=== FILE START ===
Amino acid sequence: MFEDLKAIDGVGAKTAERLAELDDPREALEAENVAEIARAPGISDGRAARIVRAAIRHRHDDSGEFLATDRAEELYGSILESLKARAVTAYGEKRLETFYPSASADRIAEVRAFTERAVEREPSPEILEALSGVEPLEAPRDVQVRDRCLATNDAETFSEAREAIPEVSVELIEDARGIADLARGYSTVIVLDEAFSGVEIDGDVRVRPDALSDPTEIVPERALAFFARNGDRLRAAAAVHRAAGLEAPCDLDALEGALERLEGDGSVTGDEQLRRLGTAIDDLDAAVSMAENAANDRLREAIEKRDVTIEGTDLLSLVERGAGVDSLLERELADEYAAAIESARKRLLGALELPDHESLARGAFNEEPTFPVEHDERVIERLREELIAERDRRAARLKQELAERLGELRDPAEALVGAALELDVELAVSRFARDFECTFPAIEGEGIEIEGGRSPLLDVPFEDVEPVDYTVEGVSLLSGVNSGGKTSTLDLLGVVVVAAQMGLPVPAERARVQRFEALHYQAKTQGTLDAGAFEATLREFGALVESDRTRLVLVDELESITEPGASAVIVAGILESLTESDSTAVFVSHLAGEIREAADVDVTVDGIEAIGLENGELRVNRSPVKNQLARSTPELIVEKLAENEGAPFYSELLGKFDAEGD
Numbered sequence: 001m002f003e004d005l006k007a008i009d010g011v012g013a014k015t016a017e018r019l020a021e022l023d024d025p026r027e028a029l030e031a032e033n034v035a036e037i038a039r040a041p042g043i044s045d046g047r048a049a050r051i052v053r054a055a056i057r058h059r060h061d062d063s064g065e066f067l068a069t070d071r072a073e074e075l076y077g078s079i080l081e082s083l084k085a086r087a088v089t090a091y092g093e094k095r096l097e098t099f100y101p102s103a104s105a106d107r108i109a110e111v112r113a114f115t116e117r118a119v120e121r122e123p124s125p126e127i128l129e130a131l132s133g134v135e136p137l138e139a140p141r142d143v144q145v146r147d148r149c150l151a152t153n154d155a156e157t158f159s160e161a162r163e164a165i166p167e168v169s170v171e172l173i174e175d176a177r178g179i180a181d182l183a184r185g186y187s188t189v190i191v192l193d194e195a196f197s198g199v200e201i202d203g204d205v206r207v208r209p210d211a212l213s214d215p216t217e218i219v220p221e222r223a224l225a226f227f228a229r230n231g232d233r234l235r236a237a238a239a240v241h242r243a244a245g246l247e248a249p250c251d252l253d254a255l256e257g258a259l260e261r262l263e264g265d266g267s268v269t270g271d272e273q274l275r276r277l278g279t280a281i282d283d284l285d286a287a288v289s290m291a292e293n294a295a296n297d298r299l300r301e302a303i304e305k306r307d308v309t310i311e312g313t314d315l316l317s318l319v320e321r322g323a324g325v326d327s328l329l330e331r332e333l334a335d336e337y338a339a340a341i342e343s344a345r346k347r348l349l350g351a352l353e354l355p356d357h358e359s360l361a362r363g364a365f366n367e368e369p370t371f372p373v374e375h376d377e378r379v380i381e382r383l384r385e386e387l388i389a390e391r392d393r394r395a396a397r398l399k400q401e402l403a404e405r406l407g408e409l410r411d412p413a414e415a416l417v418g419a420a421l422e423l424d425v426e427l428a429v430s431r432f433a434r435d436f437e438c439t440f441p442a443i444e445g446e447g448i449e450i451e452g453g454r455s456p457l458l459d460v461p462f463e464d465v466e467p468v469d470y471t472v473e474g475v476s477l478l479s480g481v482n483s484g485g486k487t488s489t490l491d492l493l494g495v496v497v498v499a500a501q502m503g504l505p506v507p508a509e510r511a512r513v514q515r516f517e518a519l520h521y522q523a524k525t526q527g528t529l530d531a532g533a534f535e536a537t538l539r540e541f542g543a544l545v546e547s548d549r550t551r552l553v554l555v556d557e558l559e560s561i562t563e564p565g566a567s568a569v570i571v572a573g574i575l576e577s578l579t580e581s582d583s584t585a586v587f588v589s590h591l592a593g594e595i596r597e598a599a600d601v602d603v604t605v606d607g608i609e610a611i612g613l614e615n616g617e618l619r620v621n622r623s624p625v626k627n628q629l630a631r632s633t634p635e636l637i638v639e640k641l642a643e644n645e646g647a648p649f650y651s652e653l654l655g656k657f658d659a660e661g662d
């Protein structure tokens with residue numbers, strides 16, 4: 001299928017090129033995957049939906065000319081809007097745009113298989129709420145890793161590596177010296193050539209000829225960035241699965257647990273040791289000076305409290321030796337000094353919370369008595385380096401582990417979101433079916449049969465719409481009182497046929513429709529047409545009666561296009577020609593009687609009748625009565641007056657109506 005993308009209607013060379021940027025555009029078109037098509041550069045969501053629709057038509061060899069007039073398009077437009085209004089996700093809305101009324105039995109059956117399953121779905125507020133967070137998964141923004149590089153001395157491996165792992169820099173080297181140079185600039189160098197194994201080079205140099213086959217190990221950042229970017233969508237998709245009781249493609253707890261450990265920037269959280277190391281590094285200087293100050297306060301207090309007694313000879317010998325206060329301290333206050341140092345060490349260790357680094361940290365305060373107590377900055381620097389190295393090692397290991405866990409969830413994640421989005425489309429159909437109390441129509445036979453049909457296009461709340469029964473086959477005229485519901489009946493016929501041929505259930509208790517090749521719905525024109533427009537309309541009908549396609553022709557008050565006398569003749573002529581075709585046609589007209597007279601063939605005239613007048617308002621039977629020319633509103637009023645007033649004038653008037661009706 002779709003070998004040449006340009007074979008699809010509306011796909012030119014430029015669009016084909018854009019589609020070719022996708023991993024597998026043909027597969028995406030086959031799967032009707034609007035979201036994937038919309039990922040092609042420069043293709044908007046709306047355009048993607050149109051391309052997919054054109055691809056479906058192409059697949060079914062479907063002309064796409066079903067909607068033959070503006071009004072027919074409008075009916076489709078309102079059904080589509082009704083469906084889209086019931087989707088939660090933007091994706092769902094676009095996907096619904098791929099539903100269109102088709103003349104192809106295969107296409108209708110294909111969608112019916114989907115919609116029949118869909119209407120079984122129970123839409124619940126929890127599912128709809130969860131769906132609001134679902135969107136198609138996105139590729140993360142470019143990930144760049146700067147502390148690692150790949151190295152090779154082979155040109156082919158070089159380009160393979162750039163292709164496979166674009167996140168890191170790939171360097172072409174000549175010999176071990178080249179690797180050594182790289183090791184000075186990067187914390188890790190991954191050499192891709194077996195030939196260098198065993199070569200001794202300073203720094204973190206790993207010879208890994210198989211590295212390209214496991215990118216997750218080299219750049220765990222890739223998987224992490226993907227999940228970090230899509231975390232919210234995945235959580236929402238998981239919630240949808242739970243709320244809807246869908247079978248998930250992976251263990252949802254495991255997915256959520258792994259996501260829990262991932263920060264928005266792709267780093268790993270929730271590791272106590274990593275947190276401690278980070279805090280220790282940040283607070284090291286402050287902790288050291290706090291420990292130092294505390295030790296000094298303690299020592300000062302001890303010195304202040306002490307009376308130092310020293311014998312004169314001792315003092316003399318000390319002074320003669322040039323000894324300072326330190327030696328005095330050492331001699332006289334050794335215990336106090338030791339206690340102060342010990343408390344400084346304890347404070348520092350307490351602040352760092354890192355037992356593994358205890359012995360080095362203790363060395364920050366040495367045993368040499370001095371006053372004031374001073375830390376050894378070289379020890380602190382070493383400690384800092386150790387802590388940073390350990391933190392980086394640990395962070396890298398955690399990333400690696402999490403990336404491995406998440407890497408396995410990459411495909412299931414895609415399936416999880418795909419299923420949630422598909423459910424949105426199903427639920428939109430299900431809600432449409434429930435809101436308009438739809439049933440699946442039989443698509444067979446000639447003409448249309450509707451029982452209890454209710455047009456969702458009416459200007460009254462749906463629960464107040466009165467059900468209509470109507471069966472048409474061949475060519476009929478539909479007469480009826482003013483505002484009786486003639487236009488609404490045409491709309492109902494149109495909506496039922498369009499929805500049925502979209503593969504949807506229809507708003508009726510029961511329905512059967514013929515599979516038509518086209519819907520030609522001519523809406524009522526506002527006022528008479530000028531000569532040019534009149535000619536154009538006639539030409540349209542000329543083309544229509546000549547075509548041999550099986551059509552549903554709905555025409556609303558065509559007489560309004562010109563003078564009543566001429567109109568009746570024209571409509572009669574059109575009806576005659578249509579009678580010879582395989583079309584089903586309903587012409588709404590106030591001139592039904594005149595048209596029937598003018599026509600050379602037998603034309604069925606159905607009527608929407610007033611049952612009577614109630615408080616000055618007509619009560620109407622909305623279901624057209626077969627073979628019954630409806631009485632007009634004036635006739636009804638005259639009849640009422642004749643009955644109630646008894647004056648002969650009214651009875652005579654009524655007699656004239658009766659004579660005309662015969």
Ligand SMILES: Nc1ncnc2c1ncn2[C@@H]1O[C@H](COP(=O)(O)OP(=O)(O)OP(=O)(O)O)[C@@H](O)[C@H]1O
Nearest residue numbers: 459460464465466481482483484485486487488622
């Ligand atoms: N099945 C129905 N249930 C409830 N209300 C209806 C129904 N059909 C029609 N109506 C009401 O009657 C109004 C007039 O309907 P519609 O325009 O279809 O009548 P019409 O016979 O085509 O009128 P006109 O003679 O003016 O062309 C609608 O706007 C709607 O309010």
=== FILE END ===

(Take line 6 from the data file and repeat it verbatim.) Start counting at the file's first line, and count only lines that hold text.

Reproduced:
């Ligand atoms: N099945 C129905 N249930 C409830 N209300 C209806 C129904 N059909 C029609 N109506 C009401 O009657 C109004 C007039 O309907 P519609 O325009 O279809 O009548 P019409 O016979 O085509 O009128 P006109 O003679 O003016 O062309 C609608 O706007 C709607 O309010």